5 things you need for an Adirondack Fire Tower hike

It was a successful trip to the Adirondacks this week. On a whim, I booked a motel room and decided to cross two more fire tower trails off my list. 

While the booking was spontaneous, prepping for the hike was not. 

Here’s what I recommend if you’re looking to get out and explore the great outdoors.

  1. A hydration pack

Sadly, I was without one of these during the trip. I now know why so many hikers recommend one. The amount of energy you use stopping, pulling your water bottle out of your bag, taking a sip, then putting it back is a lot when you’re staring at a steep incline!

Going “hands-free” seems like it would be such a big help when powering through these trails. I would say be on the lookout for something lightweight, but big enough to hold a good amount of water. Hydration is key when it’s 80 degrees and you’re only half a mile into a five-mile hike. 

  1. Good hiking boots

Good shoes make a huge difference!

Hiking through the woods is very different from a walk in the park. While I love my sneakers when I’m going on a run in Rochester, I would have destroyed them going up Snowy Mountain. 

The amount of mud, rocks, dirt and water I came across is simply too much for my little running sneakers. 

New boot goofin’

I have a good pair of Colombia boots (You may recognize them…because I feel like every girl who posts about hiking is wearing these…) They are waterproof, durable and comfy. Everything I could’ve asked for – I wasn’t worried about hiking through mud or climbing up rocks. 

Colombia hiking boots…my new favorites!

If you’re looking to get out there, you want to make sure you break your boots in a bit before your big adventure. The last thing you want to worry about when hiking up a mountain is blisters forming…gross. 

  1. A map/guidebook

You’re about to wander into the forest without knowing where you’re going? Couldn’t be me….

The last thing I want to do in a forest is be lost without service, a map or a compass. 

For my quest to conquer the fire towers, I bought Views from On High. It not only gives a basic map for the hikes, but it also gives details on each trail’s difficulty, things to look out for, and the history behind the towers. I would strongly encourage anyone interested in the fire tower challenge to look into this book!

  1. Snacks

You think I’m hiking for four hours without food? Yeah, right. My bag was full of granola bars and trail mix every time we stepped out of the car. 

In addition to water, food is a necessity. You don’t want to run out of energy at the top! You still have to make it back down to the trailhead. You don’t need a five star meal, but I would recommend bringing food that won’t melt, fall apart or get ruined in your bag. Granola bars. are my go-to, easy to pack and easy to eat!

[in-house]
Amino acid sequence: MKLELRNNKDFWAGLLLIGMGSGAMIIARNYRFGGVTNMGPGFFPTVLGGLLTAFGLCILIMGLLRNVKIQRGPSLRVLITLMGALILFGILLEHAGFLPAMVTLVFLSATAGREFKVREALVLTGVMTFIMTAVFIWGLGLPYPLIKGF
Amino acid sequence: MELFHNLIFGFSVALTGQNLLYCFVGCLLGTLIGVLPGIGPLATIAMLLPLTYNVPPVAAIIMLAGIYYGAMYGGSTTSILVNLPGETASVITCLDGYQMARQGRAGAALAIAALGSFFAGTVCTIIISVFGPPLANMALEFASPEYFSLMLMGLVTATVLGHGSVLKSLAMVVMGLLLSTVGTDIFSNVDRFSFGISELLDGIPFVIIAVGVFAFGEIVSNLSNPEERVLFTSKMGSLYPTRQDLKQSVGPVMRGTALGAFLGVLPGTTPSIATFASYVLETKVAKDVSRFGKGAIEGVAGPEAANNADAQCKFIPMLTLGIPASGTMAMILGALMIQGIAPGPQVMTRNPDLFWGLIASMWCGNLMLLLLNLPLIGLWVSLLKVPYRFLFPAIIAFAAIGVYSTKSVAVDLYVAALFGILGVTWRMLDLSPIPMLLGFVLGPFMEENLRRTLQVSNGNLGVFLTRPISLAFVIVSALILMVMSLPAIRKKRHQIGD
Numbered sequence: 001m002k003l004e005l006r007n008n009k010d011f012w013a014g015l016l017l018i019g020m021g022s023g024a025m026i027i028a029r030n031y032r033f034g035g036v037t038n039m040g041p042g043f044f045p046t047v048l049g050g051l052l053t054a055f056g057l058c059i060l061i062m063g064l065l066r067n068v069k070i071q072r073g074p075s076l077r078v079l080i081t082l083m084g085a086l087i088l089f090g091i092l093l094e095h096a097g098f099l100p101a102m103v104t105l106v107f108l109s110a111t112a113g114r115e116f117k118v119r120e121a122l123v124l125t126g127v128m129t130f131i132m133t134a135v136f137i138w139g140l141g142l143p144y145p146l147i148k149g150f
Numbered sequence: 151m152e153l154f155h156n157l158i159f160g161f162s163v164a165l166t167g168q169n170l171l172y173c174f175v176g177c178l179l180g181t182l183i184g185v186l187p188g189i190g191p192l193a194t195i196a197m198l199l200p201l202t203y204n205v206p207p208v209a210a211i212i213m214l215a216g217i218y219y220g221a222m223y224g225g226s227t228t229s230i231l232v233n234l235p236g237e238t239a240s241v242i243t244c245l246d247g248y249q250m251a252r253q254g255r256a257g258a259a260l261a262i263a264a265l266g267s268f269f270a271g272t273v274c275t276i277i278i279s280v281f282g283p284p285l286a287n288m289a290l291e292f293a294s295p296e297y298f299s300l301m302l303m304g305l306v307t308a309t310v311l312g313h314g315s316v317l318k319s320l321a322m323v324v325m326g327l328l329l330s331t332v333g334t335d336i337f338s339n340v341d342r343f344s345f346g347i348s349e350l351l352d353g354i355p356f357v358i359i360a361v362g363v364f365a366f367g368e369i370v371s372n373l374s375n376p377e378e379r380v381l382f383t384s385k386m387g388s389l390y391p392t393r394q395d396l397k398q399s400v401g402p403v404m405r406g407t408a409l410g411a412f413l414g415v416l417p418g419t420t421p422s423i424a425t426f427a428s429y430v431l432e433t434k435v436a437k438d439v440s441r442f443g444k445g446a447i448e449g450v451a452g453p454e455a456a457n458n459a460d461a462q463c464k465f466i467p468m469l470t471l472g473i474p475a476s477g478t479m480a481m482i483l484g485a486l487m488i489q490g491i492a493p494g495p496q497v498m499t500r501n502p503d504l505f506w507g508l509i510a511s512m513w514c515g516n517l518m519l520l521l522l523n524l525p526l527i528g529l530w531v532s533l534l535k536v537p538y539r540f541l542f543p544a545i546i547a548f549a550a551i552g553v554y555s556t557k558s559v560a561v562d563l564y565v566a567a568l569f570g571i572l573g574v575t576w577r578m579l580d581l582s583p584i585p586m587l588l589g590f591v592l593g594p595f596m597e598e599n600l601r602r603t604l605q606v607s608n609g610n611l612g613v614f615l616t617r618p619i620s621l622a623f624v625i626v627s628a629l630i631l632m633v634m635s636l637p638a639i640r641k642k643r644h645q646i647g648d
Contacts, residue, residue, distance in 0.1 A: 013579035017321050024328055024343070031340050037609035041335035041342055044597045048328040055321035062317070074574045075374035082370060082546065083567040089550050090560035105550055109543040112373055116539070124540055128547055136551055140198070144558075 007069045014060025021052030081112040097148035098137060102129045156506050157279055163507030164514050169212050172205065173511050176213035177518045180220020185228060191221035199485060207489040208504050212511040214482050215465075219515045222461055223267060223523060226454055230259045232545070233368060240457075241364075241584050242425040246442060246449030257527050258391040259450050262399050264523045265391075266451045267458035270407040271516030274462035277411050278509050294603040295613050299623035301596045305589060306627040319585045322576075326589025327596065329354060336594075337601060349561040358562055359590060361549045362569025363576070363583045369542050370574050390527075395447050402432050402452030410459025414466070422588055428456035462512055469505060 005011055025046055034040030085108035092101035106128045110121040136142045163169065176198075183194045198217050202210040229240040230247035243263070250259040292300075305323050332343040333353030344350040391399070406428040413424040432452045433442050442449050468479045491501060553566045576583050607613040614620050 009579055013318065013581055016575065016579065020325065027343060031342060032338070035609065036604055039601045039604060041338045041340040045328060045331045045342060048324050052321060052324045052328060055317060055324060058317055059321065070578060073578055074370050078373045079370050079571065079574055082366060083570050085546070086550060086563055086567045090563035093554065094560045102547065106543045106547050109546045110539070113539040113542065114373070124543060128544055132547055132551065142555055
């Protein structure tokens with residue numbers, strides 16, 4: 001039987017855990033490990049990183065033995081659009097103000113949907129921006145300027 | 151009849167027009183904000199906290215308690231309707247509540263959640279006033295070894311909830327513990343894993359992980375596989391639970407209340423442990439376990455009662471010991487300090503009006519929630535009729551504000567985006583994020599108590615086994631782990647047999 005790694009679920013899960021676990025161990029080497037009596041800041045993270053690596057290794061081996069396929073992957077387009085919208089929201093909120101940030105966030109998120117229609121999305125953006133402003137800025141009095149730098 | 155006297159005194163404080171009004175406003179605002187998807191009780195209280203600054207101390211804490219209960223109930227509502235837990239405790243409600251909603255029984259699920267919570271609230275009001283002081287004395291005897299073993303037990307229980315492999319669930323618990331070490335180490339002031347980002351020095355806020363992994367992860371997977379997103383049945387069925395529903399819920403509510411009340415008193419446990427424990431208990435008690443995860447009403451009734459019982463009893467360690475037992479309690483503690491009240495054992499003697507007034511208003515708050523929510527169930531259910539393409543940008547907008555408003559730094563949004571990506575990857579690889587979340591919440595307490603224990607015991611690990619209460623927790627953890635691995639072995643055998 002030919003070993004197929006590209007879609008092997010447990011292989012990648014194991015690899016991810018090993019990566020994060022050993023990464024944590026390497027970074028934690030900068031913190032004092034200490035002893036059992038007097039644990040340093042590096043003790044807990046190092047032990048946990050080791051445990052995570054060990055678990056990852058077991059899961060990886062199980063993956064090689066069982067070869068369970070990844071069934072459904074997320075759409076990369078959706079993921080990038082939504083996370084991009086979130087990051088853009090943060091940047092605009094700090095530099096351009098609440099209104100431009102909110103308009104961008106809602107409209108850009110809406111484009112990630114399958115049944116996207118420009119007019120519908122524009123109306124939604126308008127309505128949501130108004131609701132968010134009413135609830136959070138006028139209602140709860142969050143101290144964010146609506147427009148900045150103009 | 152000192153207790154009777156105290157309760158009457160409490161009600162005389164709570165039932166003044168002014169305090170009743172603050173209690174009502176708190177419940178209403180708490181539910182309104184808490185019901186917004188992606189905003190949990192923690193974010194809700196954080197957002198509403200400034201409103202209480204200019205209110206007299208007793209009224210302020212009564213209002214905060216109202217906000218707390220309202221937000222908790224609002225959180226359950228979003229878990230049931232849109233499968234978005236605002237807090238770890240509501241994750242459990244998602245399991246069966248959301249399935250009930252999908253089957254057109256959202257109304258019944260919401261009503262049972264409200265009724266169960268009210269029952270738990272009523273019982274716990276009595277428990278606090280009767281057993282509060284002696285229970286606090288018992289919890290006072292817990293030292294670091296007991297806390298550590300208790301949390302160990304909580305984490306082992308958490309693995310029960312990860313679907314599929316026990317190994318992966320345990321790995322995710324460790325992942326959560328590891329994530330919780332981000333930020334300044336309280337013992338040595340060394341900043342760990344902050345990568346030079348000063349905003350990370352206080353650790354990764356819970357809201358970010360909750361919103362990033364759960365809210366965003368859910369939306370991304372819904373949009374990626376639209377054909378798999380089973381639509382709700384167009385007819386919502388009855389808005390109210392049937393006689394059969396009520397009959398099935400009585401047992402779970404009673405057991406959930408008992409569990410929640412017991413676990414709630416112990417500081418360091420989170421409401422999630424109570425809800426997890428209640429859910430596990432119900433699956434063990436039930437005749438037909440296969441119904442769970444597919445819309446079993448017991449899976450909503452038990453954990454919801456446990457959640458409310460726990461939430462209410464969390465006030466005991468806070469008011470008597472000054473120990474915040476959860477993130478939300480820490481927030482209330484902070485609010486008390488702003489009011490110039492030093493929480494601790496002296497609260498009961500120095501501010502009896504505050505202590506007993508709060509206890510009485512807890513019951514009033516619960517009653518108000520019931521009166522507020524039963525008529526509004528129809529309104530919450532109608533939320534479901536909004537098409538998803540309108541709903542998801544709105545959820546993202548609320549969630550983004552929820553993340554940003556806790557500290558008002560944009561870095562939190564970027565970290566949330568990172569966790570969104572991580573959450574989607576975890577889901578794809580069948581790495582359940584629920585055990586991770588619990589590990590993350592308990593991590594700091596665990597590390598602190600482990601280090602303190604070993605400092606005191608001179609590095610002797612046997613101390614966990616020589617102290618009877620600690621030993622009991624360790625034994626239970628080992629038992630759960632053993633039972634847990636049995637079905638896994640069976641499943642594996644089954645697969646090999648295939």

Trail mix…on the trail
  1. A good attitude 

Cheesy? Yes. A necessity? Yes! 

In the past week – I hiked around 13 miles. For someone like me, that’s a lot! I would not have made it to the top of those peaks without a little pep in my step. 

If you’re staring at the trail with a bad mindset, you’re going to have a bad time. 

Every time I started my ascent, or descent, I had one thing in mind. The accomplishment I would feel at the top of the tower. 

If there’s one thing I’ve learned about myself, it’s that I love instant gratification. An instant, “good job!” at work or a couple of dozen likes on an Instagram post. Who doesn’t get a little hit of dopamine when you see the “liked” notification?

It makes the long game more difficult. Those goals I set for future Erin, seem so far out of reach. 

Hiking these mountains helped me put some of it in perspective this week. When you’re at the bottom, staring at all the mud, trees and rocks in front of you, it seems almost impossible to reach the top. 

So you start slow. One step at a time. Taking breaks when you need them. Suddenly, you’re halfway there. You look behind you, and you realize how far you’ve come. 

So you keep going. You’re sweaty, you’re tired, the sun is beating down on you, but you set a goal. You’re getting so close to the top – why stop now?

Then you reach the peak, and you look out over the forest and take in a deep breath of that mountain air. You might be looking out over another peak, a lake, the forest or even the clouds. 

The view might change but the accomplishment never does. I don’t know the right words to describe that feeling at the top of the mountain. All I know is it left a smile on my face, even days afterward. 

Looking for more tips on traveling through the Adirondacks? Ask me anything, and give this blog a follow!

2 Replies to “5 things you need for an Adirondack Fire Tower hike”

  1. So, taking one sandwich, two beers and wearing our flip flops probably wasn’t a good idea for our fire tower hike? After that little experience, we swore off any hike that required signing a book a the trail head.

    Liked by 1 person

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